Finnish forest owner: “The forest connects me to my heritage.”

Finns have a unique relationship with the forest. Forest owners see it as a valuable treasure that they want to look after and protect for future generations. Tom Nickull, VP for Sales Services at Metsä Fibre, tells about the forest he inherited.
  • Articles
  • |
  • |
  • 2023, Sustainability

We come from the municipality of Vöyri in Ostrobothnia, western Finland. It is where my brother and I jointly inherited a forest. My grandfather was a smallholder who did all his own field and forest work on the farm. I remember visiting the farm as a child during spring sowing and grain threshing. My brother and I imagined that we were a great help.

My father took over the farm from my grandfather, and then my brother and I took it over from him. That last handover was in 1997. I don’t remember ever really discussing it. It was just natural that the land was passed down from father to sons.

I guess my brother and I are pretty typical Finnish forest owners. We have inherited a farm but do not actually live there – we live in the city. I believe the size of our forest is also fairly common.

Forest management in professional hands

My home in Jyväskylä is more than three hours by car from Vöyri. Because of the distance, I rarely visit. My brother goes to Ostrobothnia regularly for work, so he spends more time in our forest.

Neither of us knows a lot about forest management, but we want to preserve the estate’s value for future generations. That is why we have outsourced forest management and felling to Metsä Group. We have a Forest Specialist who gets in touch with us regularly to talk about what needs doing at different times.

The latest felling was in 2020. It included thinning and regeneration felling. Our Forest Specialist supervised the sale of the wood from start to finish and made sure that new seedlings were planted immediately.

Owning the forest with my brother has worked well. We agree on things and trust what Metsä Group tells us.

Sustainable forestry protects our future

For me, forestry sustainability means continuity. It means that the trees grow so that my children and their children can continue to enjoy them. It also means taking natural values into account. For example, there is a swamp area on our estate that we do not use for forestry. Our forests are certified, too.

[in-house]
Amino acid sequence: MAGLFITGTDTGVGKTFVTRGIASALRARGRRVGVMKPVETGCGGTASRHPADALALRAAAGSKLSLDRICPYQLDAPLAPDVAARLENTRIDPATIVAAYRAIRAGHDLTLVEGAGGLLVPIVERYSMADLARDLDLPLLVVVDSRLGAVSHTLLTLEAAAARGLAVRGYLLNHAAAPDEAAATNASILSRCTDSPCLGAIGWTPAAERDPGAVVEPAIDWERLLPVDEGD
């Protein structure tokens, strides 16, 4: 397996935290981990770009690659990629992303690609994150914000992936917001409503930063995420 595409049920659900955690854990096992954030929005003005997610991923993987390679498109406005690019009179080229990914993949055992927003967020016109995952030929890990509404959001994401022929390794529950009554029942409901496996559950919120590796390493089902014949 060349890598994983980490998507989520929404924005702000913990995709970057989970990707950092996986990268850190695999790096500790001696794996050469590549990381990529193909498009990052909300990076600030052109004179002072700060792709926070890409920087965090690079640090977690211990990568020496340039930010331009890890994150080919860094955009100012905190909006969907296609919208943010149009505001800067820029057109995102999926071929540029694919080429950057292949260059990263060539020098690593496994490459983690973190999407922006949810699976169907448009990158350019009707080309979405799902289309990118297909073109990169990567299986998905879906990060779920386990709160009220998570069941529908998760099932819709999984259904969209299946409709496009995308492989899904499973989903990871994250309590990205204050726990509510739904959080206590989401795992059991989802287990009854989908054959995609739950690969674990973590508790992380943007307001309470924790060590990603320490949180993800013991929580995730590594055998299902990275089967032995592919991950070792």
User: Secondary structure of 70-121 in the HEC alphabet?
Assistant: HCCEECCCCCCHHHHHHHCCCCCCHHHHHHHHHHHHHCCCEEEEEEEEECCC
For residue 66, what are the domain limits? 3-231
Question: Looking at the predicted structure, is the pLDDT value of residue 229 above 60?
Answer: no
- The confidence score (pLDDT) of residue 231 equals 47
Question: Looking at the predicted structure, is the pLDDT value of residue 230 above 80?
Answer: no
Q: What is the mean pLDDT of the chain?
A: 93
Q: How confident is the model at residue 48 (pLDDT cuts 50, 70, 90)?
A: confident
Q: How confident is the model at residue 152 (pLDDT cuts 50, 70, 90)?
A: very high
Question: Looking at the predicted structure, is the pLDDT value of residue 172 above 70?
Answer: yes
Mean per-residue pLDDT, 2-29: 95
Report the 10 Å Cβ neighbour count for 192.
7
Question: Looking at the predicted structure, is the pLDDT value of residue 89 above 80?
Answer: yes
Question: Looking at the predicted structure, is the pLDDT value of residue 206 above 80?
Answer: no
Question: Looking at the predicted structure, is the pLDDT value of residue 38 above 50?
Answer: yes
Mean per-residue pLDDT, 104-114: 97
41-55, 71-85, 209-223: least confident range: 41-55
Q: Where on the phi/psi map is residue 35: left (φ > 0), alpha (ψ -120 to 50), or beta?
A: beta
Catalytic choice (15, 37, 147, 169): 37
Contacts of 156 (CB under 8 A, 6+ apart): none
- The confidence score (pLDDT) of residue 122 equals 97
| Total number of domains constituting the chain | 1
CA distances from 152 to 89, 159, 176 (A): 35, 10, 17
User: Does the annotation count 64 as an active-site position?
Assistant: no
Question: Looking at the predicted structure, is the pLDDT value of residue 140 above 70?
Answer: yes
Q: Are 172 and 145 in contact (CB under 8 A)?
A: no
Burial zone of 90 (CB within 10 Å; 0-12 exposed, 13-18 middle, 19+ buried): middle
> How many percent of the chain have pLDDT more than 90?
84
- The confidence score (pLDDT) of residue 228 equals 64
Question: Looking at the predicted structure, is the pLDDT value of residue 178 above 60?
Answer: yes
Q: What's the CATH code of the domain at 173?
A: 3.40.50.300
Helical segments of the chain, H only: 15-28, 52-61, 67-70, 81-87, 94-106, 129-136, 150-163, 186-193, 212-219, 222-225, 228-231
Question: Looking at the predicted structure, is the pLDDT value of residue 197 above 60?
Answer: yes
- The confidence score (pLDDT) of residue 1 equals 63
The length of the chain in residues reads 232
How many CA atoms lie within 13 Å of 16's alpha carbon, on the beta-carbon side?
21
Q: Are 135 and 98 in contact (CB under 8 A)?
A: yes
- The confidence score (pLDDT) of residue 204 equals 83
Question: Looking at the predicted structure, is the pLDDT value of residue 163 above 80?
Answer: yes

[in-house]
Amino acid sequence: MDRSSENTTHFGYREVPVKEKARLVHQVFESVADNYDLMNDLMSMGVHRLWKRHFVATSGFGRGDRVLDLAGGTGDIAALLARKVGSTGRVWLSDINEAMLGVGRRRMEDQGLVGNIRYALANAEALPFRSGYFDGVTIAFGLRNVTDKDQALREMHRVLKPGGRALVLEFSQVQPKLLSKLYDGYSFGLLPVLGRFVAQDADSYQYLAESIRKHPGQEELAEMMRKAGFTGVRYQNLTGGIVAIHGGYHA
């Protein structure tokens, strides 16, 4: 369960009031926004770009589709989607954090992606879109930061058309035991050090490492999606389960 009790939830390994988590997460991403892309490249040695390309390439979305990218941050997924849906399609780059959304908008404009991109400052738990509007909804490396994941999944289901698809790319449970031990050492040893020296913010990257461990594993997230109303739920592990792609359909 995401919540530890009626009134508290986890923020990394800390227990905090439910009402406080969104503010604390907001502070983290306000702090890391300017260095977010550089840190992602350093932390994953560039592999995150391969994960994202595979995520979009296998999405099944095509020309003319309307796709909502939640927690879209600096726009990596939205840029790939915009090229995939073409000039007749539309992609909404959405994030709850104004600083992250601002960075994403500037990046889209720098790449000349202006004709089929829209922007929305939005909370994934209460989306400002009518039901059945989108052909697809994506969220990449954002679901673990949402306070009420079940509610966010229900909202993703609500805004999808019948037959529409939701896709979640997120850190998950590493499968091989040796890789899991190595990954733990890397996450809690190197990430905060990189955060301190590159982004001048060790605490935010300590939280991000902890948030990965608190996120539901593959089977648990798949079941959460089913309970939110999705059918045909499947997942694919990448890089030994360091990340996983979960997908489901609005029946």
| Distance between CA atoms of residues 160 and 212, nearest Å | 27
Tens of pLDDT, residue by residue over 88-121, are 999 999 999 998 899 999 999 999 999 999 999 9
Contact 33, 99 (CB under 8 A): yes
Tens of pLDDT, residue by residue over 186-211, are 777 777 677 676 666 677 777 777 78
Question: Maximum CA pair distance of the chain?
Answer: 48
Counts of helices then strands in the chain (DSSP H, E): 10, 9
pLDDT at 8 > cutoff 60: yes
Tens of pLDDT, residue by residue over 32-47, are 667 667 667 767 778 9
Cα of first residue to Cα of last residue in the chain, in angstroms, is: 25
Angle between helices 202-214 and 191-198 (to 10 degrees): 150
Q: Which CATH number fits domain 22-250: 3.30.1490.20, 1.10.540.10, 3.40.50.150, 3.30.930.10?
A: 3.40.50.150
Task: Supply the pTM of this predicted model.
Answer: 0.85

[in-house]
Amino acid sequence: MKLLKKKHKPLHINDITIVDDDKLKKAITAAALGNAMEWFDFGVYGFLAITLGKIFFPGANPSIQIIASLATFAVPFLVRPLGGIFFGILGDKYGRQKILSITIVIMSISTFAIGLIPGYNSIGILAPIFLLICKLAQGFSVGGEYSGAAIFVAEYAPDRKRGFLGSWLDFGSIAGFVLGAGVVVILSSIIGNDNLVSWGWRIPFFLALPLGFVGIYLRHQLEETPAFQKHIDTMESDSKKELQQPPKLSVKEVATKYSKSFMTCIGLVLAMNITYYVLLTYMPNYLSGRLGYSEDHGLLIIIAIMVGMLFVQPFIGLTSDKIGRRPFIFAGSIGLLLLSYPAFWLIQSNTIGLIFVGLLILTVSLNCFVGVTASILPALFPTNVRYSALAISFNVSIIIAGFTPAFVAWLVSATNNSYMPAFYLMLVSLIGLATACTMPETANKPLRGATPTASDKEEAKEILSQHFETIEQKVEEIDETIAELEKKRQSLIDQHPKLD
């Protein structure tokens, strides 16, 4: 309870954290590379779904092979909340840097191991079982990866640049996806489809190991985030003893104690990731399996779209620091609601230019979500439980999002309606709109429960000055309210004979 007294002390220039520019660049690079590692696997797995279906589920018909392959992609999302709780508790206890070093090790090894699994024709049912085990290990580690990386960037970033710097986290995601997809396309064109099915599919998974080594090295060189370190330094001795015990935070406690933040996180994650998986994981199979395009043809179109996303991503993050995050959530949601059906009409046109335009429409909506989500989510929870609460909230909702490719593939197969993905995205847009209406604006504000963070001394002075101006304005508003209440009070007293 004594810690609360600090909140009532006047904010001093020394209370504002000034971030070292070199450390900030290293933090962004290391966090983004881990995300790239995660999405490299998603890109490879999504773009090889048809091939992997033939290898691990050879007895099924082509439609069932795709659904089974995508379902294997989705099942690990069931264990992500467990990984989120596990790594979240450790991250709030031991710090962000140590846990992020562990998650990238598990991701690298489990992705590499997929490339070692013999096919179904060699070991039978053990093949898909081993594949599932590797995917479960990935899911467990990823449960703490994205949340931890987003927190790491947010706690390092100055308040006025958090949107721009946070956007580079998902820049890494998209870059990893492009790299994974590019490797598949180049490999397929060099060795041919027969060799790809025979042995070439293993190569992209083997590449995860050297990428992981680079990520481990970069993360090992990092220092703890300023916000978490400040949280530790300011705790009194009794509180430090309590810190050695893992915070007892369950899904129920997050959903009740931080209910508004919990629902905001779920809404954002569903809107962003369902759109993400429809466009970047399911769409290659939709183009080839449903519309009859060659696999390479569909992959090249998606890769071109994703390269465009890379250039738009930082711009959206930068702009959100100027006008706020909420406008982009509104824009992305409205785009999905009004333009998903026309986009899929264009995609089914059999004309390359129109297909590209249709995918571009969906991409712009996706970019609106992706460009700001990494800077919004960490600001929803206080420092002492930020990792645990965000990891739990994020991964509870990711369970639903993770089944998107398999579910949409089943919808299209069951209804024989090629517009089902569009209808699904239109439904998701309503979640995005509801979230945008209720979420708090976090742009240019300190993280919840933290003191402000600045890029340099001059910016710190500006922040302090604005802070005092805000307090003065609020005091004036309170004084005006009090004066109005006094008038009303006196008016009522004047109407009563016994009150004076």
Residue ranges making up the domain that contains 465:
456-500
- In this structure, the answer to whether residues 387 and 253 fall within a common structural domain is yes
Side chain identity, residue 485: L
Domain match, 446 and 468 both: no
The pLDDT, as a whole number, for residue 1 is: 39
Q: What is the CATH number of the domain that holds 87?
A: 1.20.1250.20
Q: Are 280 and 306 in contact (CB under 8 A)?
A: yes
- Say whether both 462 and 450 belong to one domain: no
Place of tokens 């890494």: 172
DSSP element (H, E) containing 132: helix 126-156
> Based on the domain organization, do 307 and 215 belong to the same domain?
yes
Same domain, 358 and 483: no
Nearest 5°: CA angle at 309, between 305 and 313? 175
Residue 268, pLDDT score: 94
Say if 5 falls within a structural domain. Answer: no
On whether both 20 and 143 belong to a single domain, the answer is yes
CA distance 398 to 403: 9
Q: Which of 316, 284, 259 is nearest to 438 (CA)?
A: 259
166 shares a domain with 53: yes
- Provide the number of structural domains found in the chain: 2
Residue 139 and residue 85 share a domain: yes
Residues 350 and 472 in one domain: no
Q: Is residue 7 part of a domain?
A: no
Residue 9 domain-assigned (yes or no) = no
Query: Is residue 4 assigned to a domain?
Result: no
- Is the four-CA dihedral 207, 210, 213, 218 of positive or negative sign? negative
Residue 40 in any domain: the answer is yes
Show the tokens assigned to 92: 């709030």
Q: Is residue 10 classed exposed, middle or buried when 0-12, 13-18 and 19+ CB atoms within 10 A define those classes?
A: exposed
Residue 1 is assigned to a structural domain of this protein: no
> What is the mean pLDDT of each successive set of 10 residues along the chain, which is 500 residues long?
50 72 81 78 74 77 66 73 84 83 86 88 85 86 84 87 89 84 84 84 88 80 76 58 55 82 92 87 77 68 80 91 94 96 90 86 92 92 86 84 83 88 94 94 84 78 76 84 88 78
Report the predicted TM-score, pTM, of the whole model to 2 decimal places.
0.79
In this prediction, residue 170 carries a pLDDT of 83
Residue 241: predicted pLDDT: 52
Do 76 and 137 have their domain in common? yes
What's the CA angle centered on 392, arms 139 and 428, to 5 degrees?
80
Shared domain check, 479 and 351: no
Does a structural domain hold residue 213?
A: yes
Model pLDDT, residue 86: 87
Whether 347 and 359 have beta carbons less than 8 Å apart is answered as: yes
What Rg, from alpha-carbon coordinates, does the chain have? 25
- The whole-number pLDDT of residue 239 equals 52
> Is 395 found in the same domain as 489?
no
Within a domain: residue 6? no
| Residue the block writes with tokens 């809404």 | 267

I work at Metsä Fibre as VP for Sales Services, and my team is responsible for planning and developing pulp and sawn timber sales, as well as technical customer service. In my daily work, I see how important it is for customers to know that their wood has been obtained legally and the forests are used sustainably.

Although there is money to be made in forest felling, the financial aspect is not so important to me. What I appreciate is that forest ownership makes me part of Finland’s traditions and our family history.

For the same reason, I do not think I will ever sell the estate. Smallholders worked long and hard days. If I sold the land to get more money, it would dishonour the work of my ancestors.


Tom Nickull
VP, Sales Services, Metsä Fibre

This article was originally published in Timber Magazine issue 2023.

In Finland there are more than 600,000 private forest owners

  • The average age of forest owners is 62 years.

  • 46 per cent of forest owners have inherited their forest estate.

  • Two-thirds of forest owners have multiple goals: in addition to wood production, they care about recreational values and natural values.

  • More than 90,000 of them belong to Metsäliitto Cooperative, which is Metsä Group’s parent company.

Forests cover more than 75 per cent of Finland’s land area

  • Private individuals own 60 per cent of the forest area, the state 26 per cent, and the forest industry 9 per cent.

  • The remaining 5 per cent is owned by munincipalities, congregations, joint forest partnerships, and other organisations.

  • Owners who do not live on their forest land, live an average of 205 kilometres away.

Sources: and the study ”Finnish Forest Owner 2020”.